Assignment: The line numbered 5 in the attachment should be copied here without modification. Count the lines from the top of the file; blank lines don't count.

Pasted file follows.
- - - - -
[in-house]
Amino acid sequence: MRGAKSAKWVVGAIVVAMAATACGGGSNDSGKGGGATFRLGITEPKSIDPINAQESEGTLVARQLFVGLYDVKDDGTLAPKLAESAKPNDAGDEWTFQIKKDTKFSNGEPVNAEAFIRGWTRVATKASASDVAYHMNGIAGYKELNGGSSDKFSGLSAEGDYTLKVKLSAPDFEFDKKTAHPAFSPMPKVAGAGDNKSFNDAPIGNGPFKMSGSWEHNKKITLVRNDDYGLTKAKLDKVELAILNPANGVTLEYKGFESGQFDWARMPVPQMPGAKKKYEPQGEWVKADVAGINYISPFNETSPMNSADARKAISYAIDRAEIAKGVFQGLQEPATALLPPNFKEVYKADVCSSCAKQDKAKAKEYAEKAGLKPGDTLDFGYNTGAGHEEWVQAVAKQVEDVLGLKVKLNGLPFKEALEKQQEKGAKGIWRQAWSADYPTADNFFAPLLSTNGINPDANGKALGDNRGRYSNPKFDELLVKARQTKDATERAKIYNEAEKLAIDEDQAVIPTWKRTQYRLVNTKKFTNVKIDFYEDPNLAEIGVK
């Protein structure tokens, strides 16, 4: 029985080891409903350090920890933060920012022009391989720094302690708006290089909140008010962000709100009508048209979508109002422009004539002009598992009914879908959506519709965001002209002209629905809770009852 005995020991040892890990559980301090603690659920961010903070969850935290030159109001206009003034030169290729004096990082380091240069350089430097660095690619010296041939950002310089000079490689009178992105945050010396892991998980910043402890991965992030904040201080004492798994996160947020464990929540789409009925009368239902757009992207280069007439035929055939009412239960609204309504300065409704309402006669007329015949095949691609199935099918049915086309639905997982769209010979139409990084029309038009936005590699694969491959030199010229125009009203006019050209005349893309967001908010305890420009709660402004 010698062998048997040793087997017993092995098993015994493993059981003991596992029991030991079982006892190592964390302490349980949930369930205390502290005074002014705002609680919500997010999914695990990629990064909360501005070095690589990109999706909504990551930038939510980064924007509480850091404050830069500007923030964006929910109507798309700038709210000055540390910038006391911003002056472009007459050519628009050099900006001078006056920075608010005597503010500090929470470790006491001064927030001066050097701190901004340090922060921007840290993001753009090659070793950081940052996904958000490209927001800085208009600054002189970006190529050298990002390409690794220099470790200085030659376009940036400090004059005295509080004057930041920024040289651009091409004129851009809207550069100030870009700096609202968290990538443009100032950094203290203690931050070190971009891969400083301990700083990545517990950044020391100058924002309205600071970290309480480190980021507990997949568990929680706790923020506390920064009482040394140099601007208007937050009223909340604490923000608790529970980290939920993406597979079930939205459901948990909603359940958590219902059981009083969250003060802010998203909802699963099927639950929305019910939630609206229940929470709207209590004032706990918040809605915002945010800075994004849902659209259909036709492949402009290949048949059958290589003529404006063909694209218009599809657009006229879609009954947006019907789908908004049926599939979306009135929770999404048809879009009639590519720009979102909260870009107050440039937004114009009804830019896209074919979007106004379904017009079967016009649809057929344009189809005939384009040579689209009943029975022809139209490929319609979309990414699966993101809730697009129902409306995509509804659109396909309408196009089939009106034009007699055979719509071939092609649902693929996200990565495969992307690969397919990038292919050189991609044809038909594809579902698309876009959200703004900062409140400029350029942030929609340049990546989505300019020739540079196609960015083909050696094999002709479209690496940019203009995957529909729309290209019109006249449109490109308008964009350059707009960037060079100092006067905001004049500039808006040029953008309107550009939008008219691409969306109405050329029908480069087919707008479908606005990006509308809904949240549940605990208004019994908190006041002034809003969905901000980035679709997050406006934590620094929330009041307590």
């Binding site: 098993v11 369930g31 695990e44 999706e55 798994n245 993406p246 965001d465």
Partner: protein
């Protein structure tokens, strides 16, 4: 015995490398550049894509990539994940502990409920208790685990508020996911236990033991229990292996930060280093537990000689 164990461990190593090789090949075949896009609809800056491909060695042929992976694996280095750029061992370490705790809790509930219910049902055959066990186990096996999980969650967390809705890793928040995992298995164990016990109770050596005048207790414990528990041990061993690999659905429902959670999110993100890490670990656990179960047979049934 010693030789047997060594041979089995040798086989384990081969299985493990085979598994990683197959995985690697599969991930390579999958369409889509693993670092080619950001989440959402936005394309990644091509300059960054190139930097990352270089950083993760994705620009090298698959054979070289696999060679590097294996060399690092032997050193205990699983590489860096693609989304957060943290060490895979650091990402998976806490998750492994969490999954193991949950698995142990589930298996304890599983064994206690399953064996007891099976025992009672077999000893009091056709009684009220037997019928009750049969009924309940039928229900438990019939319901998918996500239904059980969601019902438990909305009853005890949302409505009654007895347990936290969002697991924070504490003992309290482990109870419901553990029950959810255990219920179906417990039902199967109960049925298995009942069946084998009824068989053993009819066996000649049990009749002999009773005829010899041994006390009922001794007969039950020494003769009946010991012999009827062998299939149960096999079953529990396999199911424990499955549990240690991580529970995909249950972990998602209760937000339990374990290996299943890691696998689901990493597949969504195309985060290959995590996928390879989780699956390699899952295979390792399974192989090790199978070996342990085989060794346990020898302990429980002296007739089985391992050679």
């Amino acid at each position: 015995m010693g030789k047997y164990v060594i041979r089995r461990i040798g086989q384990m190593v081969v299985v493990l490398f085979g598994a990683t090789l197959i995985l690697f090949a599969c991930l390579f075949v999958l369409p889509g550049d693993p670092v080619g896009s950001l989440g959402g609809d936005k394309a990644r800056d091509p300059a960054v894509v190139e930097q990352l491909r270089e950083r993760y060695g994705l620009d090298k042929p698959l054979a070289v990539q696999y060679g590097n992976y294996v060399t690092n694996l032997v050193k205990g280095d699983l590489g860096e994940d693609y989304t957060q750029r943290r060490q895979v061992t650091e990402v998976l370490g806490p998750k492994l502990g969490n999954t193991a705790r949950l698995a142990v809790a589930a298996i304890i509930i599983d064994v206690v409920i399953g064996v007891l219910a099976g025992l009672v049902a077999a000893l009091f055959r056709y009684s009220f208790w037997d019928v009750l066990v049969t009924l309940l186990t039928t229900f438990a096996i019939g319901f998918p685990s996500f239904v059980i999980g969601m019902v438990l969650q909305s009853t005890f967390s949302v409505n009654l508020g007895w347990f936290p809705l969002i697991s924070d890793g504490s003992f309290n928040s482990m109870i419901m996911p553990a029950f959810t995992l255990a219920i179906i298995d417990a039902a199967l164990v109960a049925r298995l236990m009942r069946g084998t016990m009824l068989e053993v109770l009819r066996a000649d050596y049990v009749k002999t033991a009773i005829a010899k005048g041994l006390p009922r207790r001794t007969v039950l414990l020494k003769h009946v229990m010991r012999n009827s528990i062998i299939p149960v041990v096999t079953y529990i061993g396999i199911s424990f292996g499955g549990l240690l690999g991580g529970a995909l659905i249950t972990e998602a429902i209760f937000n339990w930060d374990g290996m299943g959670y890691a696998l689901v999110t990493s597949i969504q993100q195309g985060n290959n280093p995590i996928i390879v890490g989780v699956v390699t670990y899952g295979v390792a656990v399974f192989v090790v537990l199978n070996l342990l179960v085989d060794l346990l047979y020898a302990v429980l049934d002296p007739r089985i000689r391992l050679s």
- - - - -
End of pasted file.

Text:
Partner: protein